Some critics say that Uncle Tom’s Cabin lacks literary merit, but Kazin states in his introduction that Stowe wanted to convince people that slavery was immoral and the book was actually very effective.
Kazin believed that the book had to be judged not by “the liberal feelings today” but by the context of the nineteenth century when it was written (p. xvi). Stowe, he comments, is “not so old-fashioned as we may think” (xvi). She was successful in convincing people in her day.
In his introduction, Kazin comments that Stowe wanted to “persuade people through literature that that slavery was wholly immoral” (ix). Of all of her books, he notes, Uncle Tom’s Cabin is the one that survived. Even Lincoln is reported to have credited some of the Civil War with her.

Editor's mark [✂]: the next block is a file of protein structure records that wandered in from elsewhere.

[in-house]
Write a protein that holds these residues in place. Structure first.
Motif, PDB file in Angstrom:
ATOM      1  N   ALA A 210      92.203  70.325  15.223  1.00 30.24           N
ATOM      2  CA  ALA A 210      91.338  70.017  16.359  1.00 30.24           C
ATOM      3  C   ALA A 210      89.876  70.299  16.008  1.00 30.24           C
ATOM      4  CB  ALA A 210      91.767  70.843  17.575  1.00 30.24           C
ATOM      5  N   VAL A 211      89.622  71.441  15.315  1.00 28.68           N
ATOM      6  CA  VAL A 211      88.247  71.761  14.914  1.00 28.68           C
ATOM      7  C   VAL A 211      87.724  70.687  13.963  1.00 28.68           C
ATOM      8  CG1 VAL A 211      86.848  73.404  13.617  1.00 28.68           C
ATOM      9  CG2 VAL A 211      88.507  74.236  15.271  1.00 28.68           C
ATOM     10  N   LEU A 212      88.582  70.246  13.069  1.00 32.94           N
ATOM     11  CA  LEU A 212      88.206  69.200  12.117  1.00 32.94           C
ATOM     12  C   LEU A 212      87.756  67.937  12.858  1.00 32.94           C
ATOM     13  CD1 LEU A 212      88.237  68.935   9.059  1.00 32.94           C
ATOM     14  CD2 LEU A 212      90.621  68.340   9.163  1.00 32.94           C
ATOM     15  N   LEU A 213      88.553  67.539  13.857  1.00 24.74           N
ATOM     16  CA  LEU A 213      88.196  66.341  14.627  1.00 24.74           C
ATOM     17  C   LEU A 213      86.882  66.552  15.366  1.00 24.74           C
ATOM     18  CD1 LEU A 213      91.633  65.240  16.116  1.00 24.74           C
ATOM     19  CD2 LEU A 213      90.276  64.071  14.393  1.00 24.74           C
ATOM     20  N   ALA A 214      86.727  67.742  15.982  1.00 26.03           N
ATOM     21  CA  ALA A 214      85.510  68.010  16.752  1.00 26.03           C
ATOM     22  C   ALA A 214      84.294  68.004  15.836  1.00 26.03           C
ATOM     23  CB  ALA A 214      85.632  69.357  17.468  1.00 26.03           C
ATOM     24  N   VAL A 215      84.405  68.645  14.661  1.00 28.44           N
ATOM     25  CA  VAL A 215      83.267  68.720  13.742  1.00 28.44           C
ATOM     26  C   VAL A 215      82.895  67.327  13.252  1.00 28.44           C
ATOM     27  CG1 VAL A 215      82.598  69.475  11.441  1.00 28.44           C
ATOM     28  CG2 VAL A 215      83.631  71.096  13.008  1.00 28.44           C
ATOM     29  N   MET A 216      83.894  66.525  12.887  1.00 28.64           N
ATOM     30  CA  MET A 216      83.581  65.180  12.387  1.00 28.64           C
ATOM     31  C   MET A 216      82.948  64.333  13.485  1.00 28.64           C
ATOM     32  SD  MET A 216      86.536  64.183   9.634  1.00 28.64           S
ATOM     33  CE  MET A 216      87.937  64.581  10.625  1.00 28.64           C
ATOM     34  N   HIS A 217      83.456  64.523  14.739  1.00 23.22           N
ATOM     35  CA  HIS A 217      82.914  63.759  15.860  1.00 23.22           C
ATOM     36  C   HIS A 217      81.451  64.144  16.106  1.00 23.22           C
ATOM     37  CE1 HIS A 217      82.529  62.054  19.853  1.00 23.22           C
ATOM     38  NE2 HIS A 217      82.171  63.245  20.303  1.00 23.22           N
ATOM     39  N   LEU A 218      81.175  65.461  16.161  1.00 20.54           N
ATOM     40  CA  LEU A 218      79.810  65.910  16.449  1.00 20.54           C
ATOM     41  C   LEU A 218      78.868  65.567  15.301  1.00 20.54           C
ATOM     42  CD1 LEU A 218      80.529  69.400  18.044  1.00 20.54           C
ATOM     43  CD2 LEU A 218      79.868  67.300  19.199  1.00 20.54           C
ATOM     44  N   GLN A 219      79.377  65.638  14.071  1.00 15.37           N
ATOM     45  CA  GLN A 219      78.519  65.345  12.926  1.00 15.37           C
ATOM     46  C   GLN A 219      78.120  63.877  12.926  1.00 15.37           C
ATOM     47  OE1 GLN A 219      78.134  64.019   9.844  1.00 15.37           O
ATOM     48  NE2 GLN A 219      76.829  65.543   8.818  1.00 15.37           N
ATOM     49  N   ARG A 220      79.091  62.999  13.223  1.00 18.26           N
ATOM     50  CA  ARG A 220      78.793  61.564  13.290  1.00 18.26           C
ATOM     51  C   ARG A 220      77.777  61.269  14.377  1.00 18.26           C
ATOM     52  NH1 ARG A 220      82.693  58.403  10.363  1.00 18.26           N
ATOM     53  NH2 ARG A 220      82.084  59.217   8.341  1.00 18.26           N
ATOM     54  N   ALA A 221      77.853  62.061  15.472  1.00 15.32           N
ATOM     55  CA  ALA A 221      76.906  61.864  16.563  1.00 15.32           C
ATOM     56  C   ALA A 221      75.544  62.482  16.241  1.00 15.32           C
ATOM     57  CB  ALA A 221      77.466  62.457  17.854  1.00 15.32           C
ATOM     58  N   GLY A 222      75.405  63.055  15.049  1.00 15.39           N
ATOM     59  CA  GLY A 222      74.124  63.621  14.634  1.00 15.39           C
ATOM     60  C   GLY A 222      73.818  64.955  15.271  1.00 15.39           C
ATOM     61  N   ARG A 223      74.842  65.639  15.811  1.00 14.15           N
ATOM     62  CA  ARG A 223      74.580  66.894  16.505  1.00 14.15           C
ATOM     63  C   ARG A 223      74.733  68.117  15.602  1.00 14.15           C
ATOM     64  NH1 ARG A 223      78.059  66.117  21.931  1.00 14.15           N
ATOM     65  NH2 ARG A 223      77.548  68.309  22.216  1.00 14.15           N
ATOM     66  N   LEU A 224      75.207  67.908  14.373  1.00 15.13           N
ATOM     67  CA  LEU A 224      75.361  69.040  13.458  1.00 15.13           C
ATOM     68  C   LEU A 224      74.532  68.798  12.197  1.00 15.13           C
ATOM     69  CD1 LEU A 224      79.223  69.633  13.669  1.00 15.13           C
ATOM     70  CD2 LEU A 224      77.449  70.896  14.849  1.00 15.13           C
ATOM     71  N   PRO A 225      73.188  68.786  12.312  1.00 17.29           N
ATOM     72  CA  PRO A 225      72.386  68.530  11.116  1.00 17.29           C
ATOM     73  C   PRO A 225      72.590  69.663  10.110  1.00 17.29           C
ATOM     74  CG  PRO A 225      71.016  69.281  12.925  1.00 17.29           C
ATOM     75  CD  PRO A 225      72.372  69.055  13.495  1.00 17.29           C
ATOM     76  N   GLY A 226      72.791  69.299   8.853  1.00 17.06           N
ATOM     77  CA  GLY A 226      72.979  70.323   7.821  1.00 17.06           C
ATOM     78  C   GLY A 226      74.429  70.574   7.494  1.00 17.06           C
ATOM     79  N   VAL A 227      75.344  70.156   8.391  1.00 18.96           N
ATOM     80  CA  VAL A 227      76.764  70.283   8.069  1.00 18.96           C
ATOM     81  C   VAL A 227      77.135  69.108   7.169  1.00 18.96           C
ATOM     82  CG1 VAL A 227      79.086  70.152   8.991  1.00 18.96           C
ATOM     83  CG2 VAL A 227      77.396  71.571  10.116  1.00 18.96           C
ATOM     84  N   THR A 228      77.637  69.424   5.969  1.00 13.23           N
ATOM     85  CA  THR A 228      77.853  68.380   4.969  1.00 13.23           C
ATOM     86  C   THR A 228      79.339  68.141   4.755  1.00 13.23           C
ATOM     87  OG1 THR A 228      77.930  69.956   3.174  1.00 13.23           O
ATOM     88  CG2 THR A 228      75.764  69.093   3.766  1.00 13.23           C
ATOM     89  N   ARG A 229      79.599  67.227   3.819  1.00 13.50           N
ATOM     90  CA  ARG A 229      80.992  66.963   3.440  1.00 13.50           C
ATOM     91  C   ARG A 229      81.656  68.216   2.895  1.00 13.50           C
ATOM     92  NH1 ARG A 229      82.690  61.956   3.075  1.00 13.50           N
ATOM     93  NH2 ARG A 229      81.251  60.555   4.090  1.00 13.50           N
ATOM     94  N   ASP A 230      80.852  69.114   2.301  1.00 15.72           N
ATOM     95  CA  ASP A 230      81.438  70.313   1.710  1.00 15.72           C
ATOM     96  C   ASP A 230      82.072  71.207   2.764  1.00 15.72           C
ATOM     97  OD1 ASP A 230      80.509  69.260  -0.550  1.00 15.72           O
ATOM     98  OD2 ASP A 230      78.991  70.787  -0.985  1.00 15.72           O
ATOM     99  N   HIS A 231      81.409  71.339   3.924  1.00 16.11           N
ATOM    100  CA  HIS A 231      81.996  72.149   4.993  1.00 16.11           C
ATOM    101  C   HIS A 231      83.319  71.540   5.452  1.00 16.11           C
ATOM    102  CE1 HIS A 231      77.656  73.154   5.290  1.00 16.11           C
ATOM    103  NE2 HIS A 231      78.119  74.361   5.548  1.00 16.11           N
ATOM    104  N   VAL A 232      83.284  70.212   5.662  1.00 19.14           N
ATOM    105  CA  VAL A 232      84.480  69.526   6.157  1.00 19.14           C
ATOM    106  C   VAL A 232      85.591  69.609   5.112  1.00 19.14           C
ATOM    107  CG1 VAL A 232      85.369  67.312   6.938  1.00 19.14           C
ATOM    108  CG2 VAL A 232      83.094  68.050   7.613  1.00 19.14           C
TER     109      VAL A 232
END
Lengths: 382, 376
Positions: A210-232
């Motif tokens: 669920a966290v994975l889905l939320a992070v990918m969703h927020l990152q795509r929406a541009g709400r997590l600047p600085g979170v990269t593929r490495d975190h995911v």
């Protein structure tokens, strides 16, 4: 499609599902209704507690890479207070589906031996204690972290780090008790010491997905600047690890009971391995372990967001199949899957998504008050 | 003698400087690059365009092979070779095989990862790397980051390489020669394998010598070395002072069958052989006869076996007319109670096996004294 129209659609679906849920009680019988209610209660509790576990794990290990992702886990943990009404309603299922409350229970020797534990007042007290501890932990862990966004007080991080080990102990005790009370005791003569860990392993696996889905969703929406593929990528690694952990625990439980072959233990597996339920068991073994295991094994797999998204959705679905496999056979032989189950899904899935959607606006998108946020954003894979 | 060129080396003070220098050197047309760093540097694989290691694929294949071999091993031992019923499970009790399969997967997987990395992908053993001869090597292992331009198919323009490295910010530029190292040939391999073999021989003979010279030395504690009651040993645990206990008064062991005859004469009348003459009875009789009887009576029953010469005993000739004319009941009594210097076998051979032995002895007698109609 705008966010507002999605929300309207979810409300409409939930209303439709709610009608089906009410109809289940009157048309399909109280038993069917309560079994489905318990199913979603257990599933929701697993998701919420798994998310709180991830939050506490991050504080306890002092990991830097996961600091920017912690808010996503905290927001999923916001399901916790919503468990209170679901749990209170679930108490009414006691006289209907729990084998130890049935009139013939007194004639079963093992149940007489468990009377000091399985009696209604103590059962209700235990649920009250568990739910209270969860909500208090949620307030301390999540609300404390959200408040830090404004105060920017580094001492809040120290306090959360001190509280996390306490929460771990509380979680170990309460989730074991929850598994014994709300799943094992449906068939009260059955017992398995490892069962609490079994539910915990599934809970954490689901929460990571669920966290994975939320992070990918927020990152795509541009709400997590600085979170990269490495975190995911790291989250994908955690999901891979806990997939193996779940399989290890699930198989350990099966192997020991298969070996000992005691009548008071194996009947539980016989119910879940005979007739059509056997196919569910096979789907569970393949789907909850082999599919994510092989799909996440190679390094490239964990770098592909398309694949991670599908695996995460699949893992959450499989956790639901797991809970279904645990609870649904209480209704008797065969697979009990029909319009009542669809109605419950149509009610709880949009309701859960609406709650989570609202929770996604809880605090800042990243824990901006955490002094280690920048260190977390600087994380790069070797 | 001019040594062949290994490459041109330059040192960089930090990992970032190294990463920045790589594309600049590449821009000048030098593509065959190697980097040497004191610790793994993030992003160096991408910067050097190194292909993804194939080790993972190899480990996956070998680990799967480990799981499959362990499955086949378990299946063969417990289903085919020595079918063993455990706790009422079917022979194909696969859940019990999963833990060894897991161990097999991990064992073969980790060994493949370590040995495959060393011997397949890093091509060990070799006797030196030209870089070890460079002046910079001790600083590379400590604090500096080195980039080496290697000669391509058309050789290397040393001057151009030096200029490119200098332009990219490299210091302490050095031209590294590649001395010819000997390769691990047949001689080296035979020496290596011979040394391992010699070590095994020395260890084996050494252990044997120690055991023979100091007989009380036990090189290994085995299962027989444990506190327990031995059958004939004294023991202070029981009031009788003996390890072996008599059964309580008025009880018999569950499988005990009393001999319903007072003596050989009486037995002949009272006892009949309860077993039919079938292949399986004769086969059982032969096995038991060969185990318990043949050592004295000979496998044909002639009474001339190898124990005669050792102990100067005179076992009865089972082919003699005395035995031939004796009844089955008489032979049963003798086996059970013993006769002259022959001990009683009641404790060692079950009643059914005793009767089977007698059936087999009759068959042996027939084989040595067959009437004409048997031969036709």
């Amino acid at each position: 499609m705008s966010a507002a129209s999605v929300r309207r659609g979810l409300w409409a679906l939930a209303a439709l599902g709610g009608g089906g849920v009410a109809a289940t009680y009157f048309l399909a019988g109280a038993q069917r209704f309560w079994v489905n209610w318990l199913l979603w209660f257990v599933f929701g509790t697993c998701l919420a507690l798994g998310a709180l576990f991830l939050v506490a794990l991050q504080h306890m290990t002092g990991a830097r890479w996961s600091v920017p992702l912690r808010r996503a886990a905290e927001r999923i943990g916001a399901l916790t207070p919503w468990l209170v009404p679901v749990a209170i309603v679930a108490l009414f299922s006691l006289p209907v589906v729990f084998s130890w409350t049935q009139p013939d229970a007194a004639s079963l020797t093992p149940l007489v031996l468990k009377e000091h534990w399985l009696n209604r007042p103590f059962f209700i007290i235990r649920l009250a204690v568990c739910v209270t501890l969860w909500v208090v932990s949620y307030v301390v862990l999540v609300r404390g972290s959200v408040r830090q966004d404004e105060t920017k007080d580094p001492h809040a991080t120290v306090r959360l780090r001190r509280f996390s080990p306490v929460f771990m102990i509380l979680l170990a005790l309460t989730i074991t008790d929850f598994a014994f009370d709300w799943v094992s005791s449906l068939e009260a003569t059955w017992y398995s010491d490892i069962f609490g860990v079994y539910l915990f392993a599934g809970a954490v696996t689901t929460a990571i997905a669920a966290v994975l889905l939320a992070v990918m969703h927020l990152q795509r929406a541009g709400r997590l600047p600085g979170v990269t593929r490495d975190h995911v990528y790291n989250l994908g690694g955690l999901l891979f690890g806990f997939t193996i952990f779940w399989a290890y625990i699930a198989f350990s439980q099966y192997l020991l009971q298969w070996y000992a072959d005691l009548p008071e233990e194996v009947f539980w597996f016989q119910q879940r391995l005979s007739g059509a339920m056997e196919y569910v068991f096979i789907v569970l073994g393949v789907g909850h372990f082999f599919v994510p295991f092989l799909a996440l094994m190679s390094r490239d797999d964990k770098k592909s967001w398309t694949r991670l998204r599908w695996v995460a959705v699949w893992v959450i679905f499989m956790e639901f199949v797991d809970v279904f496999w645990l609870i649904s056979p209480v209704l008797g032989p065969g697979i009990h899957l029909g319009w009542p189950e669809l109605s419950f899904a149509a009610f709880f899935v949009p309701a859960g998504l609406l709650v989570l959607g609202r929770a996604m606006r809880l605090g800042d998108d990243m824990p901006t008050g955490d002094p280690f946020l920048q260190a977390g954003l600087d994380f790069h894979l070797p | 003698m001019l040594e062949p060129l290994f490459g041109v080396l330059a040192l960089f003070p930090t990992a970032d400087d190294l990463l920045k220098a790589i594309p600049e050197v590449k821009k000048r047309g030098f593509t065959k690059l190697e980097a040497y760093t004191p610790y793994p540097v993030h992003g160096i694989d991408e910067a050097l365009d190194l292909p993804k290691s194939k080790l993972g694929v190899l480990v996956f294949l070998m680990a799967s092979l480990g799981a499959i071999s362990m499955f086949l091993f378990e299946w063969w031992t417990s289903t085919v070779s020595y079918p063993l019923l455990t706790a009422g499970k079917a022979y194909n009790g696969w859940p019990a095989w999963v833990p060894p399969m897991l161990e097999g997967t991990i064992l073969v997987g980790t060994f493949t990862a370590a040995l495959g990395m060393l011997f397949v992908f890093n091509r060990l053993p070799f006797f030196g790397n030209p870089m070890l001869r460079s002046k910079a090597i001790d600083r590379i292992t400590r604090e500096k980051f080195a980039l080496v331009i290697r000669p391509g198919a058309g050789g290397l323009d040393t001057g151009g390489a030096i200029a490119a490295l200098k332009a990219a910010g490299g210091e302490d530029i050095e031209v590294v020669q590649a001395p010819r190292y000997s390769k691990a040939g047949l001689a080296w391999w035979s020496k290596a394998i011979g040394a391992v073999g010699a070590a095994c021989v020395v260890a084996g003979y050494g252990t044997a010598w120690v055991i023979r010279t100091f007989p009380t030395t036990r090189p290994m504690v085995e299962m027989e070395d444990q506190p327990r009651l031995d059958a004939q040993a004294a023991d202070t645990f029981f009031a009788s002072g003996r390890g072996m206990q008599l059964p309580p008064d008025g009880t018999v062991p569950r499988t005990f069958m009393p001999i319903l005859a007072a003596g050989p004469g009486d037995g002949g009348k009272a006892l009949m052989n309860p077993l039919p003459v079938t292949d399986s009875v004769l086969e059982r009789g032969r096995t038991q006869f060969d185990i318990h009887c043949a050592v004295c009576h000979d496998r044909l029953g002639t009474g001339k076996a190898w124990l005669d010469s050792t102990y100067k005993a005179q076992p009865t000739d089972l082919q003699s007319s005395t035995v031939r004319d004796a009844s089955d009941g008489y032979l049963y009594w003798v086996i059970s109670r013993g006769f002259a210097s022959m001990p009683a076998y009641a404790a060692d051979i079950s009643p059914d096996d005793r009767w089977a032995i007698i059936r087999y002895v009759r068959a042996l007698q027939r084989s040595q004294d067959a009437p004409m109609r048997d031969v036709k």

She said that the beating to death of Uncle Tom came to her as a vision. (p. x)
Kazin uses this as an example of how the nineteenth century was different. At the time, the belief that God helped her write was generally accepted.
Stowe believed that blacks could not free themselves. She did not “ignore the agony and dread among the blacks themselves” (xvi). He tells us that “to patronize the book is to miss it relevance to ourselves” (xvi). When we consider the context in which the book was written, it really was significant.